top of page
  • Writer's pictureNikki Mantell

Broken records and smartphones

Admittedly, I sound like a broken record – every day at home, sometimes in this column – but when I read an article in The Guardian this month, I had the moderately hopeful feeling that the needle had jumped the scratch and moved to the next song on the disc.

Here’s the song with the scratch: “Smartphones are harming our children.” (I know, right, I’m annoying even myself typing that much-recited complaint.) Here’s the recent headline: “‘It went nuts’: Thousands join U.K. parents calling for smartphone-free childhood”. 

According to the article, a pair of worried moms in the U.K. wanted to see if they could “embolden” a few like-minded, concerned parents in their community to band together and delay giving their kids smartphones until at least 14, with no social media access until 16.

“But what they expected to be a small group of friends who help ‘empower each other,’” said the article, “has turned into a nationwide campaign after the group reached the 1,000-person capacity within 24 hours.” As of mid-February, their local WhatsApp group had grown to 4,000 members.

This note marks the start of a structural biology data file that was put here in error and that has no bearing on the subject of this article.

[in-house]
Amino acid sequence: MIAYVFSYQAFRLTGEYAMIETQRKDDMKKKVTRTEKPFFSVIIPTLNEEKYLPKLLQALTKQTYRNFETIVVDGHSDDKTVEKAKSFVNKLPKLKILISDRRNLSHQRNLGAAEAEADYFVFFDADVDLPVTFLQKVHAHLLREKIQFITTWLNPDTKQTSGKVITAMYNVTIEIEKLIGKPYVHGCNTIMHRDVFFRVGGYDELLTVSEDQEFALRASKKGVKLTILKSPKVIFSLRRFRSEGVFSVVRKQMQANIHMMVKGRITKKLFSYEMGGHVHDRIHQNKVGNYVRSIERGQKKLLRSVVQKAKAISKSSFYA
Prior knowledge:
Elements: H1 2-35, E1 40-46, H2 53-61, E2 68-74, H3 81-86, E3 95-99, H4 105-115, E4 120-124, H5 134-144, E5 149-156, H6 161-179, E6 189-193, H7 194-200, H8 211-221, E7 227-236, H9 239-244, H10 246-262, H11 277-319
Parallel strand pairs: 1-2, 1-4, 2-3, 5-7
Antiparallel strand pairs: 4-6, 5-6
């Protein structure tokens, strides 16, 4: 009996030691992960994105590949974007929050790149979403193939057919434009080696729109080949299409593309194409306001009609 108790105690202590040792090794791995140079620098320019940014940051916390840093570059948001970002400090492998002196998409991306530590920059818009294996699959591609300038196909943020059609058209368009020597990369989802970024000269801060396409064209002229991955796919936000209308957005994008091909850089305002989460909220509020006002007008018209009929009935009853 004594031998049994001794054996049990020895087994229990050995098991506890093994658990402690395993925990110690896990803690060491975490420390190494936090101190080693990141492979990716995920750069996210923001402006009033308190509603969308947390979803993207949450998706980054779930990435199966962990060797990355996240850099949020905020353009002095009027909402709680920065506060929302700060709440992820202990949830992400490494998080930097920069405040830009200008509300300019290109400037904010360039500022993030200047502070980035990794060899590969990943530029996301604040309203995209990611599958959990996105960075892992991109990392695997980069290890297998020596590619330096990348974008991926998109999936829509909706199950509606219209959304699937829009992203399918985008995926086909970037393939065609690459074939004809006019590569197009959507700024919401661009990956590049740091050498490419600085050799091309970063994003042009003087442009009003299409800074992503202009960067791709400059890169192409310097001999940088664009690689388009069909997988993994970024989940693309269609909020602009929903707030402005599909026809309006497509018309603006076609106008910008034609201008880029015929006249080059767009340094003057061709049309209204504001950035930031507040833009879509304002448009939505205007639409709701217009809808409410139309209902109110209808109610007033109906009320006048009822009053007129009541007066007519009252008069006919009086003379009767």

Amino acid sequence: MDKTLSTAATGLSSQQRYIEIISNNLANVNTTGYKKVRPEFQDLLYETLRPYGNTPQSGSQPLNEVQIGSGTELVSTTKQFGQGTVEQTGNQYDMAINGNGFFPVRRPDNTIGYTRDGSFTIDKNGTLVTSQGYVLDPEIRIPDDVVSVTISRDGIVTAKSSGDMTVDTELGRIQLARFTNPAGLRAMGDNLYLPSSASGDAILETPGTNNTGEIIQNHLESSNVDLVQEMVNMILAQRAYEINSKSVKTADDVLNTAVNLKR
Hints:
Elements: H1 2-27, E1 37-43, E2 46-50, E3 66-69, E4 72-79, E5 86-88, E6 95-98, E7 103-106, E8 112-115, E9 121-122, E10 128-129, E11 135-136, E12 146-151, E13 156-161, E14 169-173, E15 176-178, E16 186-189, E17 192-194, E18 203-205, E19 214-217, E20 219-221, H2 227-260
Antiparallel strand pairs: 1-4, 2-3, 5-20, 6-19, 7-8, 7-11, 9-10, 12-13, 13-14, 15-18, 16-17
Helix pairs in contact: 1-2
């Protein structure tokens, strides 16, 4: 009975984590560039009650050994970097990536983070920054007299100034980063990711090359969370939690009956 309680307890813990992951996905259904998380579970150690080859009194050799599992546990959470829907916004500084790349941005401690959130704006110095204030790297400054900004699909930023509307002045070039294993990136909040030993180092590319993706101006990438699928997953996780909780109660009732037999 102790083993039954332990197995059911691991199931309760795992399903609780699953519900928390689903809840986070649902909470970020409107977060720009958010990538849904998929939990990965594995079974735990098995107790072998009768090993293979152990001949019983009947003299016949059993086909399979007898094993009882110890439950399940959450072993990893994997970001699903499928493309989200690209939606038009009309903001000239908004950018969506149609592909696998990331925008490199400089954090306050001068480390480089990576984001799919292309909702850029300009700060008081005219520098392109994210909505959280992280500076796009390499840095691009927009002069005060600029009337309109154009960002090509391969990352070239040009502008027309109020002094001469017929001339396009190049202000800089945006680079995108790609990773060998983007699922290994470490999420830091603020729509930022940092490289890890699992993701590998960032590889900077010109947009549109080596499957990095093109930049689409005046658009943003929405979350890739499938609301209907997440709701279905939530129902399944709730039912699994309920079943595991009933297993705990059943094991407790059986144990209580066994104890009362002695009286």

Wow! Finally, some good headlines around kids, parents and smartphones.

Back in 2019 when I used this column to encourage parents to put off giving their kids a smartphone until at least Grade 8 (not my original idea: it was met with radio silence. I prodded a close friend and respected parent with two girls in high school for her thoughts. Her retort of “Yah, good luck with that” was punctuated with an audible snort. 

Five years later and the data keeps pouring in about the damage social media apps on phones are doing to millions of kids. New York City, among others, is suing social media giants for fomenting a “nationwide youth mental health crisis.” CEOs of Meta, TikTok and others offered tepid apologies when hauled in to testify in front of the U.S. Senate Judiciary Committee. The population at large is finally waking up to the fact that social media is the new “Big Tobacco” of our generation.

Even for parents who read the studies and know the data, it’s a Herculean struggle to try and impose limits to protect our kids. For my part, I admittedly didn’t fully live up to the “wait until the eighth.” Both my kids now have a phone, but it’s what they call a “dumb” or a “brick phone”: the one in Grade 5 can text his friends, listen to his music and audiobooks, take photos – and that is it. My kid in Grade 7 can do that plus a few games and 15 minutes of YouTube. Despite the daily, unrelenting and highly unpleasant lobbying for Snapchat and the rest, the answer is still no to social media and unrestricted access to the internet at large. 

And yes, five years later, I did manage to find other parents out there who have imposed similar limits and are weathering the storm of demands that come with the invention of smartphones. 

What’s the saying? “(Online) safety in numbers.”

Parents, keep fighting the good fight. You are not alone.


bottom of page